Once in while, you come across a series of books that changes your life. I've already talked about the impact that 'Anne of Green Gables' had on me as a child and this time it's the turn of Susan Cooper's series 'The Dark is Rising'. My sister had a full set of these in hardback and the covers intrigued and terrified me as a child. When I was about 8, she started reading me the second in the series (also called The Dark Is Rising) as a bedtime story. It petrified me and I begged her to choose something else. However, the covers continued to draw me in and when I got to 14 and was staying at my sister's house and looking for something to read, she suggested that I try them again.
This time, I started at the beginning with Over Sea, Under Stone, an adventurous tale set in Cornwall and drawing on the legends of King Arthur that I'd already fallen in love with through multiple readings of Tennyson's La Morte d'Arthur at my grandmother's house. Before I was halfway through I was hooked and I galloped through the rest of the series over the next few days.
There are very few books that I come back to over and over again and still find that same joy of reading them for the first time, but these are amongst those few. There is something about them that draws me in each time - I can feel the freeze of the deep mid-winter, agonise alongside the characters when things go wrong and feel their pain when people they love turn out not to be so loving in return.
When my son asked me to write a book about him having an adventure with Robin Hood, it was to these books I turned for inspiration and The Forest Children was born: if the series I'm still working on turn out half as well as these, I will be well satisfied with my work.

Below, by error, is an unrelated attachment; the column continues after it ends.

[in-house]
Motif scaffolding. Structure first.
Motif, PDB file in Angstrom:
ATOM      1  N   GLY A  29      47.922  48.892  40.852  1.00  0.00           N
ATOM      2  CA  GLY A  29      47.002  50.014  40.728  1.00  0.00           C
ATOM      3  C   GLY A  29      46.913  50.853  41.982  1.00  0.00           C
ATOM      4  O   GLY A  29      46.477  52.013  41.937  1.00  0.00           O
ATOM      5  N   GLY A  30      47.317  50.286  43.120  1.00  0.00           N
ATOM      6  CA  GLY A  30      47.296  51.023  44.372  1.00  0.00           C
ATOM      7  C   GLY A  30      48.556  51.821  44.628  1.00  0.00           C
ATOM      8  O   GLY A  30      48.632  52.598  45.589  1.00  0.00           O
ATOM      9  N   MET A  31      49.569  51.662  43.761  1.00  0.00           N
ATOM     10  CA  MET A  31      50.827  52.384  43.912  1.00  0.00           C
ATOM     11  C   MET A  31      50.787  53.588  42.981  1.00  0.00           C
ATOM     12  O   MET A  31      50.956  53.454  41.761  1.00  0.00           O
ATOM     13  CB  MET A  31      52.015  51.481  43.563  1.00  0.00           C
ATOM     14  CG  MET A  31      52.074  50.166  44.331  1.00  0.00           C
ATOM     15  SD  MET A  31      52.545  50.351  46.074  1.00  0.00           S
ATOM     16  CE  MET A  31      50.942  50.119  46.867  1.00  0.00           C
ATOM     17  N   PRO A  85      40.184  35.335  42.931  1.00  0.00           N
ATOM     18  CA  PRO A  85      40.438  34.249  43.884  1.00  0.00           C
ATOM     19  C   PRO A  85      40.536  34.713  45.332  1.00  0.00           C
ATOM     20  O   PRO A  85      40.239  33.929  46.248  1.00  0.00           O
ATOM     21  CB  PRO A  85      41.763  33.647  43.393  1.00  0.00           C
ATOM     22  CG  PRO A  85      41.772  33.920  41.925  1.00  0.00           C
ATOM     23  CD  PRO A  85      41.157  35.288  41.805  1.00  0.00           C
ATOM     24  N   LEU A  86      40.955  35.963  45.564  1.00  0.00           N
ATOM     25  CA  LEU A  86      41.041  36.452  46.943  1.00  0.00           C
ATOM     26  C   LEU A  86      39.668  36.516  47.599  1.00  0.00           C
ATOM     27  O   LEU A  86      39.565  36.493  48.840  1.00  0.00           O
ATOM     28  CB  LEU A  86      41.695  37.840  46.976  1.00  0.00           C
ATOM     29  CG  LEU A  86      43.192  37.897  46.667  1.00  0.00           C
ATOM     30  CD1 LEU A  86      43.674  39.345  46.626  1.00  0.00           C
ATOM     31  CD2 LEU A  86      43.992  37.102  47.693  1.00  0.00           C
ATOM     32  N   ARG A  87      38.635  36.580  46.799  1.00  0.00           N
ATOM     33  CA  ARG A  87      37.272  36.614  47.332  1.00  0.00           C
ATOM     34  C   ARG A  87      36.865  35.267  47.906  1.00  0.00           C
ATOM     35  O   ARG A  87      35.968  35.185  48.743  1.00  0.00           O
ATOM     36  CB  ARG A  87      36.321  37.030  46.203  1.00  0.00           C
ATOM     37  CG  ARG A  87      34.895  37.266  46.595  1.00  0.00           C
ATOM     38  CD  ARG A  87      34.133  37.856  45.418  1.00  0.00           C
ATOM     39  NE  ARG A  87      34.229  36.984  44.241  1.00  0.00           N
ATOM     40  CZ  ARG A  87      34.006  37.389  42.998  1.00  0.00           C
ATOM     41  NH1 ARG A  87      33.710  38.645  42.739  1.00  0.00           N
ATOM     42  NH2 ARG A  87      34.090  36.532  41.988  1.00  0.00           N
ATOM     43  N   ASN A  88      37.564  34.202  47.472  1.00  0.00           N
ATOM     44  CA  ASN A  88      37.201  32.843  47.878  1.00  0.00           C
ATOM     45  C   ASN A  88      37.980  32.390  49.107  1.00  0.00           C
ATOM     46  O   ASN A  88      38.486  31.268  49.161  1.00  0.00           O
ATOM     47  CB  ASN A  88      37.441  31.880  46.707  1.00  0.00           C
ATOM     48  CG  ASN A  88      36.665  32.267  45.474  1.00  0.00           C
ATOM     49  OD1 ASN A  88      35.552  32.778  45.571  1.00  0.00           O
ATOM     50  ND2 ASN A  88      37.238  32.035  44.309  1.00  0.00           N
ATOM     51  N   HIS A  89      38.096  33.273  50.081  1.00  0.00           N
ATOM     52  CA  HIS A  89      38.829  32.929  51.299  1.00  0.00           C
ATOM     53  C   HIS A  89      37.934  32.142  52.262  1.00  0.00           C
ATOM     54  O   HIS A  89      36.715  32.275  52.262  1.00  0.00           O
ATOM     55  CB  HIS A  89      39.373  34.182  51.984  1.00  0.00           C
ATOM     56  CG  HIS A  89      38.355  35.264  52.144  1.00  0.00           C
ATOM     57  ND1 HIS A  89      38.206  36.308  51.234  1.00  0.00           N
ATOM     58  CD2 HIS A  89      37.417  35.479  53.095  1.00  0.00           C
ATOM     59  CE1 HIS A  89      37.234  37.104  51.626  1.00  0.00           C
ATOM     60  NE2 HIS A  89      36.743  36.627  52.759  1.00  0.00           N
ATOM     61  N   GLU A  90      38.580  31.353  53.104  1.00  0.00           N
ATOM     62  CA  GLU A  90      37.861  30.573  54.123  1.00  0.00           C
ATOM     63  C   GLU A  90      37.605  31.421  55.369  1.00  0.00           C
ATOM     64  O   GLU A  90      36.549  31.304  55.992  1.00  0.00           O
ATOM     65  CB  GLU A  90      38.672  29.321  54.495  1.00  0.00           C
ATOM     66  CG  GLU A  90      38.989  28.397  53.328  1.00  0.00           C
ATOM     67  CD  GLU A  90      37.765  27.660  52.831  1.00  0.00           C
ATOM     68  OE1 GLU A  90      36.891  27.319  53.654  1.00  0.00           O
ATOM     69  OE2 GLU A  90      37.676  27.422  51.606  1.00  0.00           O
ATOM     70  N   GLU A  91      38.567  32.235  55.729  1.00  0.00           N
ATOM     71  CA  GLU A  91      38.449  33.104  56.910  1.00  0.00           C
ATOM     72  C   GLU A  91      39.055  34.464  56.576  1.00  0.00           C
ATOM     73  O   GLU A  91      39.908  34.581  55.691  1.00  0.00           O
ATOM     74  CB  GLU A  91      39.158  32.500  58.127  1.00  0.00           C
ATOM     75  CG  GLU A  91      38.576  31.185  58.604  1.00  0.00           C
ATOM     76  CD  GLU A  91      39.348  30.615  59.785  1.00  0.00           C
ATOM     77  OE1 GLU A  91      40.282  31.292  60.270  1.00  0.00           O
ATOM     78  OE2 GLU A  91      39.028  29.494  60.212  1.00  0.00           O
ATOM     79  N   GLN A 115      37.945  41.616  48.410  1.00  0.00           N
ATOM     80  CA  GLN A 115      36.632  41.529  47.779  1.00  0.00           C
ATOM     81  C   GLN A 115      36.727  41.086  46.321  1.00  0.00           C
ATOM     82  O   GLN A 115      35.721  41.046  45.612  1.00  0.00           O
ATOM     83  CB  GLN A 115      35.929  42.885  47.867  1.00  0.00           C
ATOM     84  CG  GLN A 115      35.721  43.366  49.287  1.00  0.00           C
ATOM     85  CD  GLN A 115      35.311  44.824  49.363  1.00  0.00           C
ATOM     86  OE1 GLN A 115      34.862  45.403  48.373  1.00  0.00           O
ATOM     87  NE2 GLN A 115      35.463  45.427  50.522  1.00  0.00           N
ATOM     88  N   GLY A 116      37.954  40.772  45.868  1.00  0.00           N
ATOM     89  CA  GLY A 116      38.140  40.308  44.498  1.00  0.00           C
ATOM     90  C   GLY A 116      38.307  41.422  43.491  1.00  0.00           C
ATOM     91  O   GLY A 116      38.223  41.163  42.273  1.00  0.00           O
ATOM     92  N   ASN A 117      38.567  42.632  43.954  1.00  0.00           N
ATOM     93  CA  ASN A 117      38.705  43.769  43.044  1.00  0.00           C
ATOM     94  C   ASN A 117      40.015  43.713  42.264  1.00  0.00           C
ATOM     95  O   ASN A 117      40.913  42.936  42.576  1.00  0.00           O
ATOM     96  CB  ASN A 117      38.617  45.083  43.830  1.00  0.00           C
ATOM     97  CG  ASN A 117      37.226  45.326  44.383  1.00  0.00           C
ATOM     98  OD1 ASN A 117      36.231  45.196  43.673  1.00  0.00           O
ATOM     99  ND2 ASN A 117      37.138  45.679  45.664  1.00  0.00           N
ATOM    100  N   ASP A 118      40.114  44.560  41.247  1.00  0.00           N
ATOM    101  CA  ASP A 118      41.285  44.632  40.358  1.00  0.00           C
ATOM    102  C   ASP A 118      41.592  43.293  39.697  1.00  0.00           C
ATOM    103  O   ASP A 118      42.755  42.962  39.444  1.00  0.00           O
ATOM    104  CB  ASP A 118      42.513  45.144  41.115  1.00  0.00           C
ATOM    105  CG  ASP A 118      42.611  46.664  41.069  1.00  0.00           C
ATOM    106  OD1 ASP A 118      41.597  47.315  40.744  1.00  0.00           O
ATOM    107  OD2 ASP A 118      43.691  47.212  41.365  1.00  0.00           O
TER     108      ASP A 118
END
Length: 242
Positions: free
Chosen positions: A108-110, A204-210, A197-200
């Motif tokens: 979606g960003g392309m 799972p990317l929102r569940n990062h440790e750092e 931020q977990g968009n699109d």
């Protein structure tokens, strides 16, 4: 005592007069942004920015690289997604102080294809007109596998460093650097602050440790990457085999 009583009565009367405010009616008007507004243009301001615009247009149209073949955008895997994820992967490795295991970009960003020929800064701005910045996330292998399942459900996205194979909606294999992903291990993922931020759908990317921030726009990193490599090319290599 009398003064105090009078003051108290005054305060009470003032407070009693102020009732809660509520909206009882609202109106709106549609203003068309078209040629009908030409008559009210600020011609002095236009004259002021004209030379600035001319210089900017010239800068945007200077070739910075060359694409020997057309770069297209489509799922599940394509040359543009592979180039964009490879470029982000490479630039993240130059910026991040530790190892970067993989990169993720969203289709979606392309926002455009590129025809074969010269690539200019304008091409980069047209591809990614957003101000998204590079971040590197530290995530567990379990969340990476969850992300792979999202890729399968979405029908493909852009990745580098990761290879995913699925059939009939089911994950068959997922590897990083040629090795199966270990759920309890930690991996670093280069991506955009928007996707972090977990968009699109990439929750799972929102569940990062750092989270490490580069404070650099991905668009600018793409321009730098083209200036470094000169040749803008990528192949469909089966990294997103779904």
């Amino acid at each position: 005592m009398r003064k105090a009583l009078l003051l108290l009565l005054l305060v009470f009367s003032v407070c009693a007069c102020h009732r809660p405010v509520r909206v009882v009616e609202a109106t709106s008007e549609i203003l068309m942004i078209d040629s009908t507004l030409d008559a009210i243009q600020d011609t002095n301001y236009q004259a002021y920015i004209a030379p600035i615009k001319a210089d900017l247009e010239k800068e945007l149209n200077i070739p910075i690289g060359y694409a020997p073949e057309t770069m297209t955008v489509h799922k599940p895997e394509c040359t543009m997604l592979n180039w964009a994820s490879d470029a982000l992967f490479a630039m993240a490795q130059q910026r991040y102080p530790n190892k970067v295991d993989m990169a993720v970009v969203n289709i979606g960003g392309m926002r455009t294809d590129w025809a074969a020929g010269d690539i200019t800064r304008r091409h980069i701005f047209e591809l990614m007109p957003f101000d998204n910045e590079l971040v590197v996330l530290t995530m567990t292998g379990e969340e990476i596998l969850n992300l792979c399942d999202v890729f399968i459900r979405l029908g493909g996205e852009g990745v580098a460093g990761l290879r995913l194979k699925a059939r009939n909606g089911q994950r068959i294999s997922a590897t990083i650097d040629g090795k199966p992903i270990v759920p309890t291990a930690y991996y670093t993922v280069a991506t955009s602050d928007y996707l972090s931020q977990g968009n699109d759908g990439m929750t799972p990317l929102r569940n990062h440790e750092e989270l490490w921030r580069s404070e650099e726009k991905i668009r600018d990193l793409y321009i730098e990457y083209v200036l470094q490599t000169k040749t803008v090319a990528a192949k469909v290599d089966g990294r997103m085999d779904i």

Over the years, I've had various paperback omnibus editions and have the books on my kindle as well, but those first hardbacks that my sister have stayed with me. As I approached my 40th birthday earlier this year, my sister rang to ask if there was any particular present I wanted, as she knows that for the big birthdays I like to have something to keep and treasure. 'I'd like hardback versions of The Dark is Rising like the ones you've got' was my immediate response. Duly, when I opened my birthday presents a few months later, inside my sister's parcel were copies of the first three books, exactly as I'd requested, all inscribed to me with love from my sister. I will admit to becoming a little emotional at the sight. It wasn't until a few weeks later that she confessed to the fact that she'd only been able to find one of the books in the version I'd requested and so had actually given me two of her own copies. Emotional seems woefully inadequate to describe how that made me feel - I knew how much my sister loved those books - she'd owned them for more than 30 years and they had been lovingly cared for all that time.
However, I was then on a mission to track down the final two - The Grey King and Silver On The Tree. I've tried all the online book searching sites to try and track them down, but most of them are either ex-library copies or cannot guarantee that what I will receive is the specific edition I'm looking for. This morning, my copy of the latter arrived (having already traced the correct edition of the former). It's still not quite the right version (I'm desperate to get a copy of the Bodley Head edition) but at least the picture on the front is the correct one and it's in excellent condition considering its age, so for now at least, the collection I have longed for over the years is (almost) complete. I will keep searching for Bodley Head's Silver on the Tree but I'm nearly at the end of a journey that's taken 30 years to complete.
If anyone who reads this is looking to sell a copy of the edition I'm looking for then please contact me!!
The question now of course, is will the books ever be allowed to leave the shelf on which they are so proudly displayed? Not only are they extraordinarily precious to me in their own right, but they now represent something far more important - proof positive (not that I needed it, or that it was ever in doubt) of the depth of my sister's love for me.